A costs judge has refused to pare a defendant’s costs after finding she should not have to bear the consequences of the claimant’s conduct.
Master Leonard said the court should not judge proportionality only by reference to a notional financial value of the claim, and should consider the wider factors as set out in civil procedure rules.
In Arjomandkhah v Nasrouallahi, the court had dismissed the claimant’s application for a final injunction against the defendant. The two had been in a close relationship until 2015. The claimant, described as a wealthy and powerful individual, alleged that the defendant, a student, had told a mutual acquaintance she would make lurid allegations against him and share explicit pictures with his wife and children. She denied ever demanding money or making any of the threats alleged by him.
District Judge Price had dismissed the claim in June 2017, discharged the interim injunction and ordered the claimant to pay the defendant’s costs of almost £20,000.
Following an appeal, Master Leonard, sitting in the Senior Courts Costs Office, said it would be wrong to disallow her costs. He accepted that where there was any doubt as to whether costs were proportionately incurred, the claimant would benefit. But despite the claim having a notional value of between £3,000 and £5,000, the defendant’s costs were deemed proportionate.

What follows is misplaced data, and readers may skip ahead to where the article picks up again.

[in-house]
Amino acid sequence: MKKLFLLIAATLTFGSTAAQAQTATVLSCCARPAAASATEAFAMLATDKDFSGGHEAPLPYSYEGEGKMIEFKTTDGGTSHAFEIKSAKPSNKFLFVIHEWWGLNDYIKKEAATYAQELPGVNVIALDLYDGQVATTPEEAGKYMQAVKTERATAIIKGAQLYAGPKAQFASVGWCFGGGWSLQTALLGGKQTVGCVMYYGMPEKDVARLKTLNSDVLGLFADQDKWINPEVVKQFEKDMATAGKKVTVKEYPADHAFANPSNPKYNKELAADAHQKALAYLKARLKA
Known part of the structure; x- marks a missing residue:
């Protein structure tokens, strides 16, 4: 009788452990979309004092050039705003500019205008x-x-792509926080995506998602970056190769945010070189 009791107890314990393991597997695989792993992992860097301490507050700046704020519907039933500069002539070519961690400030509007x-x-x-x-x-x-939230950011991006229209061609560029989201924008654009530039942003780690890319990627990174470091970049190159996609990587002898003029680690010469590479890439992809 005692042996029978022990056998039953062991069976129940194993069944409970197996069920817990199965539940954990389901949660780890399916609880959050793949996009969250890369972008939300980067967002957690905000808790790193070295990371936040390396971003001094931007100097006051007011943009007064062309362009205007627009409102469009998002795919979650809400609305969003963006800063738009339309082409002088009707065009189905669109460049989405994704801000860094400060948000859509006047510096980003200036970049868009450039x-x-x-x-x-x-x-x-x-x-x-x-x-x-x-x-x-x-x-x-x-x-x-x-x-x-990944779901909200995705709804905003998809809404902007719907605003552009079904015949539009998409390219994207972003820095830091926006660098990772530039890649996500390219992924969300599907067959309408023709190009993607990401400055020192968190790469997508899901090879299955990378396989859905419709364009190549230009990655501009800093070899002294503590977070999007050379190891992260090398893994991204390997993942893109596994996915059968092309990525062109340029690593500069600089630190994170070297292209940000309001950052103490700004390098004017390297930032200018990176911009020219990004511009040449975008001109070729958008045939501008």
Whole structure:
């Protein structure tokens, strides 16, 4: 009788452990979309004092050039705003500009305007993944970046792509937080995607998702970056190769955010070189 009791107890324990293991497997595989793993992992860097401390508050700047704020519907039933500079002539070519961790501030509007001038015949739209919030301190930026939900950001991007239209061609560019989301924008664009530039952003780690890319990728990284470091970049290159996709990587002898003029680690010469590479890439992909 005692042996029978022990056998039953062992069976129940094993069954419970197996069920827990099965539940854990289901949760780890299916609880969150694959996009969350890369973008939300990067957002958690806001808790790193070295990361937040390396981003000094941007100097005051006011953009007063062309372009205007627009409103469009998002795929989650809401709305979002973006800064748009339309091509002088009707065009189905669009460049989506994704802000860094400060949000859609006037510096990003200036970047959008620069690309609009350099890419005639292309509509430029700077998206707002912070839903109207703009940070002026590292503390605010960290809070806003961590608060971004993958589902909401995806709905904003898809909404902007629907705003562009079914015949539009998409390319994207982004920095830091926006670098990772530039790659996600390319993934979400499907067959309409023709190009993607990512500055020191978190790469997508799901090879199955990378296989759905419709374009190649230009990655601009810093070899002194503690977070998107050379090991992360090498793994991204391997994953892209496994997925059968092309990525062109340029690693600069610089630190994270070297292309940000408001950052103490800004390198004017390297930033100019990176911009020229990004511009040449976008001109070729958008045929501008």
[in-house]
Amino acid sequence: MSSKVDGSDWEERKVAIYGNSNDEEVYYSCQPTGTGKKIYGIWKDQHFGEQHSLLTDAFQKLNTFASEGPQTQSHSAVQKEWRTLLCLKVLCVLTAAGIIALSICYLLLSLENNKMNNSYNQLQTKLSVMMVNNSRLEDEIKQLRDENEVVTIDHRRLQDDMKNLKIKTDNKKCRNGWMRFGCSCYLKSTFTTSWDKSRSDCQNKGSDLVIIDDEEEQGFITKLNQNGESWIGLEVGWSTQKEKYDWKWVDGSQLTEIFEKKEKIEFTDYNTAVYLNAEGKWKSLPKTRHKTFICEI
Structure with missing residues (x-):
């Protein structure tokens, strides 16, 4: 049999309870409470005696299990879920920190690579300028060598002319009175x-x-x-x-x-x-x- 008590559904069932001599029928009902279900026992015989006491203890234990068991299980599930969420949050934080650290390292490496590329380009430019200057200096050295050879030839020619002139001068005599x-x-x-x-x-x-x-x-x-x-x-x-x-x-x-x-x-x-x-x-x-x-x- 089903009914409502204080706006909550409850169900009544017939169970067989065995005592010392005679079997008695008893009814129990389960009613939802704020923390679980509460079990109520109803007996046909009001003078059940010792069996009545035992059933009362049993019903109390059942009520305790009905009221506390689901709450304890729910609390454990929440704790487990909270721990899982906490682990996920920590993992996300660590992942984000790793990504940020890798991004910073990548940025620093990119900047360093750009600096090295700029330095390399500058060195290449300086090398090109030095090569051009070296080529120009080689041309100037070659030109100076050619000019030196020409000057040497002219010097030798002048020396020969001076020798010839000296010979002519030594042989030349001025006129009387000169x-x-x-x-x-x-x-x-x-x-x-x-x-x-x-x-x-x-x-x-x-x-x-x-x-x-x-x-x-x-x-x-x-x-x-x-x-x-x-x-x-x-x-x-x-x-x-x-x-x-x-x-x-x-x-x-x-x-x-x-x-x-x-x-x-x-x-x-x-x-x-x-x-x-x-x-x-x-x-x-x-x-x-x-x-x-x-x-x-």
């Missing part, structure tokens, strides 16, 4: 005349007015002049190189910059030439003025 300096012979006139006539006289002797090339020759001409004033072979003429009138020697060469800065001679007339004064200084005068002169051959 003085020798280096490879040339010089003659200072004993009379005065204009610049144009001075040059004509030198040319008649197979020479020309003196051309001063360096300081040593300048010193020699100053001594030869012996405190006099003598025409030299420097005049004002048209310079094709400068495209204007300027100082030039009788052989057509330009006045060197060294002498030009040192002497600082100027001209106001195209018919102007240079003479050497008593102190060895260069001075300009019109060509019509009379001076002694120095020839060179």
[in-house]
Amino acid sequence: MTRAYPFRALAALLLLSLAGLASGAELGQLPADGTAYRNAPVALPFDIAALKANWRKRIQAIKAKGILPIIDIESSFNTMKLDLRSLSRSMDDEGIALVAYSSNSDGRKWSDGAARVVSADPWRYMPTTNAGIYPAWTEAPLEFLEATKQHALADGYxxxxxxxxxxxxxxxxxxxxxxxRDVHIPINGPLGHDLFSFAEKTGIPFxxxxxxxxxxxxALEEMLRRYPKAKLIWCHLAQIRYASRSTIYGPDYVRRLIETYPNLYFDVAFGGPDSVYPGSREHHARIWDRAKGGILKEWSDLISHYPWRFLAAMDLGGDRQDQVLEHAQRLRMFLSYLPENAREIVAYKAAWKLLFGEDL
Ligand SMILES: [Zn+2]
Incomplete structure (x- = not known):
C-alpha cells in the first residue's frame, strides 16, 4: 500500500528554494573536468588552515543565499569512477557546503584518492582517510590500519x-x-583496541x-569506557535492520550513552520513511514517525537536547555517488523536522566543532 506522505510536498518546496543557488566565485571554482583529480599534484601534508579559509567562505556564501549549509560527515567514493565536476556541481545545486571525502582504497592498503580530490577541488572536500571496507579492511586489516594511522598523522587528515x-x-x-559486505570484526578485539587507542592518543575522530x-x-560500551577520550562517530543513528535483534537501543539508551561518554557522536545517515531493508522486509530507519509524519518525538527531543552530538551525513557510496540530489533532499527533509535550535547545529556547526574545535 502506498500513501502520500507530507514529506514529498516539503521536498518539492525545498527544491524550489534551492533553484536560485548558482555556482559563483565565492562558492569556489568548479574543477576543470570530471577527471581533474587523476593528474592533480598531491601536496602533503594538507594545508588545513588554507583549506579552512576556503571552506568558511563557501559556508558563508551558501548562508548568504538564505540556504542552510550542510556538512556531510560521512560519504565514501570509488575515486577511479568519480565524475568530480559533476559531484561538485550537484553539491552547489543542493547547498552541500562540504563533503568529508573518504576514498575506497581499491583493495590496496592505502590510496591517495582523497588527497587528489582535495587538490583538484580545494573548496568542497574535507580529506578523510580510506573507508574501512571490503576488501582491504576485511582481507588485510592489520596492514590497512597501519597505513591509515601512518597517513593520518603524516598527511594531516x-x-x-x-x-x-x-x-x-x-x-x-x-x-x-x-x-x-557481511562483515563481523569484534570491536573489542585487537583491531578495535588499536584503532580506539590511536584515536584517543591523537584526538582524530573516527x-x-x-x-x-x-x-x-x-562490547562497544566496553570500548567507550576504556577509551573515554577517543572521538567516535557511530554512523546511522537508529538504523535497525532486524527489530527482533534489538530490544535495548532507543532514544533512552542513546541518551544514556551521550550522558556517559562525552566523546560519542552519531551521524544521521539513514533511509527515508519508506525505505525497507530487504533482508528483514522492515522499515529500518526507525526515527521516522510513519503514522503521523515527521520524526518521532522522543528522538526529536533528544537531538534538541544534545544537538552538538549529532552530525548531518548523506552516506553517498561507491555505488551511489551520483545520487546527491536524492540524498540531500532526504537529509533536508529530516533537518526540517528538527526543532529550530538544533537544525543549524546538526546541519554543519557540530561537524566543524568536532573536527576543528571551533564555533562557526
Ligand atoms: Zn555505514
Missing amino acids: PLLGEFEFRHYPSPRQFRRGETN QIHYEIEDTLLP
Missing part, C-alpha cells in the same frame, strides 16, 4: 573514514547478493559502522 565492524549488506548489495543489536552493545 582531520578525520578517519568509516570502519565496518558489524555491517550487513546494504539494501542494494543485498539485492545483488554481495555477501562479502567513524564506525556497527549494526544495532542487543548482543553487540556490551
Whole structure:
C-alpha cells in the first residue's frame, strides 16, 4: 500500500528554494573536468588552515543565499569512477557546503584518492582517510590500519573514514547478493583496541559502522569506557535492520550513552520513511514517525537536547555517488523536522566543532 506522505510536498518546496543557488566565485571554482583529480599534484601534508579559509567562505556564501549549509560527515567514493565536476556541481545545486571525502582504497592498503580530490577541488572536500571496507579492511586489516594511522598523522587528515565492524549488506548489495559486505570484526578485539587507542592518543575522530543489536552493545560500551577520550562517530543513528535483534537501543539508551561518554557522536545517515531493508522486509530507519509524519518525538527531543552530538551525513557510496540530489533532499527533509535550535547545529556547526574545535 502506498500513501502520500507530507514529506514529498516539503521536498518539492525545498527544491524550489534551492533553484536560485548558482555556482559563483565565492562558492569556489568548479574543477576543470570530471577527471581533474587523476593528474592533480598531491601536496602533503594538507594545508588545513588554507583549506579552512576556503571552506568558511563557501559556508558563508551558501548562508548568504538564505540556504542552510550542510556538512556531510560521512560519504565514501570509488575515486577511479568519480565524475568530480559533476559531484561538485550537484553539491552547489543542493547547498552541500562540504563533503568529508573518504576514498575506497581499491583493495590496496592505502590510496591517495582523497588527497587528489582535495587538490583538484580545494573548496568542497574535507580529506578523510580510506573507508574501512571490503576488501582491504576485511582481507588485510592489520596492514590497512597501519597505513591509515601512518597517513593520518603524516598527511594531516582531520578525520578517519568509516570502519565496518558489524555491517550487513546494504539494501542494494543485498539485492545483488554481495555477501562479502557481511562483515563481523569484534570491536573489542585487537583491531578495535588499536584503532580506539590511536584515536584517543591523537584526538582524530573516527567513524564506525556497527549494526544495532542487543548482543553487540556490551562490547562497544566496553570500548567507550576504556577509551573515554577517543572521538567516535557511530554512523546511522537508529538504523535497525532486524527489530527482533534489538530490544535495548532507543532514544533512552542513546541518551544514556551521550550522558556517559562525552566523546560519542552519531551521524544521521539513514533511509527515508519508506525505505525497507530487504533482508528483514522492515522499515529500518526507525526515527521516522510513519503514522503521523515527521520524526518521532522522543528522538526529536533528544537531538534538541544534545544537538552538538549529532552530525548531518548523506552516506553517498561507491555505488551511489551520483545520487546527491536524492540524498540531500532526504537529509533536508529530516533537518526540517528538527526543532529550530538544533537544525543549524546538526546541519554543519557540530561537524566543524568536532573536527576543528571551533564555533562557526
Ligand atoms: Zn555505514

The court heard the claimant’s lawyers argue that his own disproportionate approach did not necessarily justify the same approach from the defendant. He had taken the word of the mutual acquaintance, it was argued, and should not be obliged to pay disproportionate costs.
But Master Leonard stressed the consequences of losing the case stretched further for the defendant than any injunction: she stood to go on record as a ruthless and sleazy blackmailer. In this context her outlay on costs was proportionate.
She should not have to ‘bear the consequences’ of the claimant’s approach, said the judge, and her solicitor had no choice other than to carefully consider the evidence he produced.
Master Leonard said it would ‘not be right’ for the defendant to be left with a debt to her solicitors she could not pay, and the claimant’s argument offended the ‘equal footing’ principle embodied in the overriding objective.
The judge said she was ‘fully entitled’ to proceed on the basis that the very serious allegations made against her must be either disproved or withdrawn. He added it was not unreasonable for her to reject the offer of mediation, given she would have to contribute half the cost.